Soft, slightly sweet and buttery; this bread is perfect for sandwiches and toast. I loved it. I served this bread for dessert tonight, warm from the oven and topped with honey butter. Truly delicious!
The best part about this bread is the cool rise. Not sure what that means? 20 minutes from start to the fridge in the morning and then you can forget about it. I took the pan out of the refrigerator tonight, preheated the oven and baked it. I have the second pan waiting now, ready to bake in the morning.
Oh, how I wish I hadn’t waited so long to try this recipe. I was scared of yeast and bread baking in general for so many years. I know that this recipe seems long and complicated, but it isn’t.
Read through it and see for yourself. Basically, you stir, mix with a stand mixer (or knead) and then you just set it in the refrigerator. No rise times on the counter, no fussing with the dough, just stir, knead and refrigerate.
I found this recipe at Modern Day Ozzie and Harriet over a year and a half ago and printed it to try. Then I completely forgot about it! I stumbled onto it in one of my recipe binders earlier this week and now I am thrilled to have this in my files. I guarantee this bread will be made over and over again.
I adjusted the recipe to half whole wheat this time, because I wasn’t sure what to expect. I’m definitely going to make this again though. I’m looking forward to trying this with 100% whole wheat next time. I made this using my kitchenaid, but Marjie has full directions posted for doing this by hand or with a bread machine as well.
Cool Rise Whole Wheat Sandwich Bread
- 2 cups all-purpose flour
- 2 1/2 cups whole wheat flour I used freshly ground hard white wheat
- 2 tablespoons active dry yeast or 2 packets
- 2 tablespoons sugar
- 1 tablespoon kosher salt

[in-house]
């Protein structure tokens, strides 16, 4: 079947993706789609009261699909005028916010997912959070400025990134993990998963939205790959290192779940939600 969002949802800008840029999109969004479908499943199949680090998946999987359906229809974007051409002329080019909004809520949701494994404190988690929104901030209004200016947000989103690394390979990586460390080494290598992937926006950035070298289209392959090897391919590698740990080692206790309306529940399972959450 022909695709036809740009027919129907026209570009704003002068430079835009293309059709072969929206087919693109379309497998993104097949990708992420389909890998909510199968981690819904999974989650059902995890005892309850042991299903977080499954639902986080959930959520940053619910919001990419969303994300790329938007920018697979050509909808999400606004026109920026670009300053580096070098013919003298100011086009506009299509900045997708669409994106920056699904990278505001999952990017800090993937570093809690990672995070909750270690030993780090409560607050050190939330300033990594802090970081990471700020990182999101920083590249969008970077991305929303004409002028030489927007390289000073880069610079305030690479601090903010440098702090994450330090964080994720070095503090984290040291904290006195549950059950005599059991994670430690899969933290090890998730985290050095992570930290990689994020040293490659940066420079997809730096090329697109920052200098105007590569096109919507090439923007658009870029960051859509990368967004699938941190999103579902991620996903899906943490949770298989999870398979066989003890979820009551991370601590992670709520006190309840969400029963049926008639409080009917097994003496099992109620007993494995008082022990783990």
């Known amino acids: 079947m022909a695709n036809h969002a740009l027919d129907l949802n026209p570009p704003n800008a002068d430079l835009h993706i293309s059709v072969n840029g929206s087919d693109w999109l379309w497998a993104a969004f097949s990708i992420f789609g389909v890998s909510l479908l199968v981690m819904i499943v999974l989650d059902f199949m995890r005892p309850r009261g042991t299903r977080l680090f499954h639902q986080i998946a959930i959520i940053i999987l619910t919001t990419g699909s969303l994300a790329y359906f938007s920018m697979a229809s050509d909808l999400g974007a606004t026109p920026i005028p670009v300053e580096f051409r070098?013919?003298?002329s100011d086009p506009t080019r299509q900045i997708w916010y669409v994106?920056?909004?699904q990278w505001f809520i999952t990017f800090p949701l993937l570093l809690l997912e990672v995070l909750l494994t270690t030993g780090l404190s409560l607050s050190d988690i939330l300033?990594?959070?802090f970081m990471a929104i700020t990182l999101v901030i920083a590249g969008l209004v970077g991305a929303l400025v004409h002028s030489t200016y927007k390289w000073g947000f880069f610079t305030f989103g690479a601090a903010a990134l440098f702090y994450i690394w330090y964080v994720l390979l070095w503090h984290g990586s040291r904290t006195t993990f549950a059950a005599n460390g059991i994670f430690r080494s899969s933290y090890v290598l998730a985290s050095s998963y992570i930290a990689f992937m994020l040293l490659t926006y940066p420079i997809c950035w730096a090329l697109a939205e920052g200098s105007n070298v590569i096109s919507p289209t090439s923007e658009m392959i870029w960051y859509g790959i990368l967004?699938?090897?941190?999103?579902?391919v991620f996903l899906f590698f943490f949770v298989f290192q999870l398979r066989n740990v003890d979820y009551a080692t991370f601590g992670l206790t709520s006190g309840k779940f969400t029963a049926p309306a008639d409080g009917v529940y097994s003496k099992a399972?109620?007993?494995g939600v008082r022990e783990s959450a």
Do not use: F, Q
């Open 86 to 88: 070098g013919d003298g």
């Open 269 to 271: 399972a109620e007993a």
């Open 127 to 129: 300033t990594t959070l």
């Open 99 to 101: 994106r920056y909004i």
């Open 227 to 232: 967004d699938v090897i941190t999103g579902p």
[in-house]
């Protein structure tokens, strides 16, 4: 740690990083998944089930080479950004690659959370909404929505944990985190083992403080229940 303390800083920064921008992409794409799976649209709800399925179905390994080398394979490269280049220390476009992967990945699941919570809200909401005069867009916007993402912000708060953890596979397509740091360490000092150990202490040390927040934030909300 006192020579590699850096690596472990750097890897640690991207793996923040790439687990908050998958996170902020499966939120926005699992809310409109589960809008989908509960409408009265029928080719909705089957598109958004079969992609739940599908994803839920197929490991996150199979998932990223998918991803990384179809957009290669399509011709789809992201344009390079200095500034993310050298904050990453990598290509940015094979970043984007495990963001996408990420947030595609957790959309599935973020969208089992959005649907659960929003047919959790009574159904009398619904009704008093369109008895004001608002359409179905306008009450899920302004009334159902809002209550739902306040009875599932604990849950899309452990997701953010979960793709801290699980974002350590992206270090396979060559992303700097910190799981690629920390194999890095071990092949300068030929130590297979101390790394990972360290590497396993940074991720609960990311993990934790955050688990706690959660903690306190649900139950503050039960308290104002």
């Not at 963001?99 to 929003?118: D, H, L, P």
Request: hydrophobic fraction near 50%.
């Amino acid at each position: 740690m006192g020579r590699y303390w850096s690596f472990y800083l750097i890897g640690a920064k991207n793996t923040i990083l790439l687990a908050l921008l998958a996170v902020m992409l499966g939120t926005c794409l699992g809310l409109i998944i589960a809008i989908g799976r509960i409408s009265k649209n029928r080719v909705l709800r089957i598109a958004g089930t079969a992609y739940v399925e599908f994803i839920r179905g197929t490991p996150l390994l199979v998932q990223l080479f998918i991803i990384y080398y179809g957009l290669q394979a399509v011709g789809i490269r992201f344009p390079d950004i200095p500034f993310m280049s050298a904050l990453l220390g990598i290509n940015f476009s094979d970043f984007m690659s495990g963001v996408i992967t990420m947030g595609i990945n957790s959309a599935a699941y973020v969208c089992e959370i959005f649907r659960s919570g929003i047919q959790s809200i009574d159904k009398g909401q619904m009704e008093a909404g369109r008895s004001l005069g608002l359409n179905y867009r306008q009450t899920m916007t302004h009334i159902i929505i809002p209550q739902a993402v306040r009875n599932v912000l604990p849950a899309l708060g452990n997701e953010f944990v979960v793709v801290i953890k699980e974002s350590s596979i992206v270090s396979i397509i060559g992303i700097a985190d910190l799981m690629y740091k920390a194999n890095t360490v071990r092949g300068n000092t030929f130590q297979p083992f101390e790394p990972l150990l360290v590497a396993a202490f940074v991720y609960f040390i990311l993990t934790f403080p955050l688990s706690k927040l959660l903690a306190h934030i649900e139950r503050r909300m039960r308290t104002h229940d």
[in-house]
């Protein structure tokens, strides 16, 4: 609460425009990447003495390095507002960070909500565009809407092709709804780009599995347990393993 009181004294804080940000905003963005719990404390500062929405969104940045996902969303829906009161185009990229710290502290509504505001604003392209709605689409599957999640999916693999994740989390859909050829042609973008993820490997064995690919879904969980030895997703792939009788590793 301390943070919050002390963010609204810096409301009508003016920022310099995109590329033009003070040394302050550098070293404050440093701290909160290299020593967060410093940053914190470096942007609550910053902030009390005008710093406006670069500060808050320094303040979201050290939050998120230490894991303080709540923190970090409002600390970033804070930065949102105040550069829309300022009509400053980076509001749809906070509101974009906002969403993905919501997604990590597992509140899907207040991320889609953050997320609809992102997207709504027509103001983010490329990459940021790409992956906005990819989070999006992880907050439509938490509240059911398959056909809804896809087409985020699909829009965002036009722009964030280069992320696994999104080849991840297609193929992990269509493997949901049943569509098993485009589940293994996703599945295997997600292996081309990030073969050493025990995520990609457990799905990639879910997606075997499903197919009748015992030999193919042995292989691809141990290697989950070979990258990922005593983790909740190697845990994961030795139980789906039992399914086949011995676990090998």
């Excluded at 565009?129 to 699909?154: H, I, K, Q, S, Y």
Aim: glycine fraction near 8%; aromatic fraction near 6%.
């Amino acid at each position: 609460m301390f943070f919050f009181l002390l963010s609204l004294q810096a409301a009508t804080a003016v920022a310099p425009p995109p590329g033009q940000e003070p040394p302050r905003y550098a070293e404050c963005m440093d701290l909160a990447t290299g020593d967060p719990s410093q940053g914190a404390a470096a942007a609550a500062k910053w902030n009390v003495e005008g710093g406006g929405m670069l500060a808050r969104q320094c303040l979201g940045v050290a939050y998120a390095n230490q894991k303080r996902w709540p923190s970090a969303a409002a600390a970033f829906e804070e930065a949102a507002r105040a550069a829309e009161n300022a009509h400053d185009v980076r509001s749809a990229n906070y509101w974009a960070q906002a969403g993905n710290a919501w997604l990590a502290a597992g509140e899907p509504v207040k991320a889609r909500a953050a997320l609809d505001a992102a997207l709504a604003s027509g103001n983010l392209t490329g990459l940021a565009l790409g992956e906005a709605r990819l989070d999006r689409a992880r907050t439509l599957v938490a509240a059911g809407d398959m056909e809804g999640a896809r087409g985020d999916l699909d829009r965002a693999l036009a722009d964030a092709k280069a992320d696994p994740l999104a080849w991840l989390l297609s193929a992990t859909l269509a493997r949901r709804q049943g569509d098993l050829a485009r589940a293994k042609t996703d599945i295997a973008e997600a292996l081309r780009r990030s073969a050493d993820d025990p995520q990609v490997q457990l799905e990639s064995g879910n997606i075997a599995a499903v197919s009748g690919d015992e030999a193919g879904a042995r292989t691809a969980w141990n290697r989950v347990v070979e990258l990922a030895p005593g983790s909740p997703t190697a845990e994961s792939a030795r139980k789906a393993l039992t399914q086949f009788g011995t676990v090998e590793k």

- 1/4 cup soft butter I probably used closer to 1/3 cup because I wasn't measuring carefully
- 1 1/2 cups very warm water 110-120 degrees
- light flavored olive oil
- Pour the water into the bowl of your stand mixer. Sprinkle the yeast over it. Add the rest of the dry ingredients and then add the butter. Turn the mixer on low speed for 10 minutes. Let the dough sit for 10 additional minutes once the mixer is finished.
- Do NOT let the dough rise in the mixing bowl for more than 10 minutes. I walked away when making this today and it rose beautifully for about 20-30 minutes. However, after I punched it down and shaped it into loaves, it didn't rise much in the pans at all - even after 6 hours in the refrigerator. The loaves still tasted fine, but they were much more dense and not at all as lovely as they were the first time I made this.
- Divide the dough in half, form into small oval shaped loaves. I like to create a round shape by tucking the edges underneath and then forming a slight oval before placing it in the pan. If you are new to baking bread, remember that while the bread will rise, it will not typically become pretty and rounded if you do not create a rounded shape initially.
- Place the dough into well buttered loaf pans and brush the surface of the dough with olive oil and brush 2 pieces of wax paper with oil as well. Cover the bread loosely with the wax paper and then loosely cover the pans with plastic wrap. Place loaves in the refrigerator until ready to bake. Let them rise for 2-24 hours. I found that mine had doubled in size about 4 hours after I put them into the refrigerator.
- When you are ready to bake the bread, remove the pans from the refrigerator and place them on the stovetop while the oven heats to 400 degrees. (375 degrees for glass pans) Once the oven is hot, or after approximately 10-15 minutes, put the loaves in the oven for 25-28 minutes.
- When the bread is done, remove from the pans immediately and cool on wire rack. Let it cool at least 15 minutes before slicing if you are going to eat it warm. I recommend letting it cool completely before slicing if possible.